Poster Presentation Joint 2016 COSA and ANZBCTG Annual Scientific Meeting

Impact of tumour infiltrating lymphocytes (TILs) & tumour regression in primary cutaneous melanoma on response to Immune Checkpoint Inhibitor (ICI) therapy (#203)

Michelle Mcmullen 1 , Hilary Martin 1 2 , Rebekah Tan 2 , Weijie Leng 2 , Kanako Ohara 1 , Muhammad Khattak 1 2 3
  1. Fiona Stanley hospital, Wembley, WA, Australia
  2. University of Western Australia, Perth
  3. Edith Cowan University, Perth

Introduction: Immune checkpoint inhibitors (ICIs) have revolutionized melanoma treatment. However, only one third of patients achieve durable disease control and long-term survival. Treatment is costly and associated with novel immune related adverse events. Therefore, there is an urgent need for predictive biomarkers to better select patients most suited to treatment with ICIs. Tumour infiltrating lymphocytes (TILs) is a favorable prognostic marker in different tumour types. We therefore evaluated the predictive significance of TILs and regression in primary cutaneous melanoma and correlated it with response to ICI therapy.

Patients & Methods: Patients treated with ICI therapy between Feb 2015-June 2016 for advanced melanoma were identified from institutional database. Data was collected from electronic medical records and Cancer Registry with a censor date of 1st June 2016. Survival was calculated through Kaplan-Meir analysis. Overall survival (OS) and progression free survival (PFS) was calculated from start of therapy till date of death/last follow up & date of progression/death respectively.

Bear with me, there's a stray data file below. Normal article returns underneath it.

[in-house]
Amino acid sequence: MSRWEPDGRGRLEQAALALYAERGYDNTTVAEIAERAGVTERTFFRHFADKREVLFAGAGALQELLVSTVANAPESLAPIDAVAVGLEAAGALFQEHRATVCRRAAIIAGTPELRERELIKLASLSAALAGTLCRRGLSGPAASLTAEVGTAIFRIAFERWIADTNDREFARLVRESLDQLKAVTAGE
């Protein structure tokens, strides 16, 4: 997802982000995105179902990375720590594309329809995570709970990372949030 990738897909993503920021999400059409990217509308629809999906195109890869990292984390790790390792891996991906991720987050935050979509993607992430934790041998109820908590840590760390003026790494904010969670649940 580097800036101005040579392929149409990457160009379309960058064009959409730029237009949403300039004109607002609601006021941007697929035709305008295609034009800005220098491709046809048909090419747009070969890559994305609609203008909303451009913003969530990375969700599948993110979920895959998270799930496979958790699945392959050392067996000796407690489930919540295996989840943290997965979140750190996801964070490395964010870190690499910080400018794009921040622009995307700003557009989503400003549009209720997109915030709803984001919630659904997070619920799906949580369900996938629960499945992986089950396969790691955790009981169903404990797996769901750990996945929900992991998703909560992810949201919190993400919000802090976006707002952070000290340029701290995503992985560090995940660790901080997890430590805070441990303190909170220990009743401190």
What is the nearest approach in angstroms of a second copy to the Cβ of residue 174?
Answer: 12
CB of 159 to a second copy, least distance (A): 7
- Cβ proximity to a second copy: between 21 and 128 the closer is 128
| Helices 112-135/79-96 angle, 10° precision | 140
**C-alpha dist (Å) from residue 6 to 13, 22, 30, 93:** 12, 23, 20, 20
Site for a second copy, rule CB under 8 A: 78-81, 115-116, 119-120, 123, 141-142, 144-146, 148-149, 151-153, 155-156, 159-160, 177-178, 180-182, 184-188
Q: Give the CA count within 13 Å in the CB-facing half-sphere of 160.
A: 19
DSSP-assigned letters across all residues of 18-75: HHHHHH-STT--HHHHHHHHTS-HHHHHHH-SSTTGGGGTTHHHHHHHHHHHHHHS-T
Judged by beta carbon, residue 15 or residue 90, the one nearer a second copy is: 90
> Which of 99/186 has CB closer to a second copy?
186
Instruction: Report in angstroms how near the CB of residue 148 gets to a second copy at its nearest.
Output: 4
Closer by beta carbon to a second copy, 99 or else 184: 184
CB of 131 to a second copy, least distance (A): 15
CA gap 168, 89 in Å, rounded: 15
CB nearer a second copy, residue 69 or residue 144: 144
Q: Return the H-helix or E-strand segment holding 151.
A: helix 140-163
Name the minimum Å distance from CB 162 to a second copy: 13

Results: 35 patients were identified that fulfilled selection criteria. Regression and TILs were reported in the primary pathology of 21 patients. Patients with TILs in their primary pathology had a trend towards improved outcome with ICI for both PFS (6m vs 2.5m, log-rank P=0.052) and OS (NR vs 3m, p=0.2) compared to those with no TILs. There was no difference in PFS or OS for those with or without regression.

Conclusion: TILs in primary cutaneous melanoma could be a useful predictor of response to ICI therapy and needs to be further evaluated prospectively in larger studies.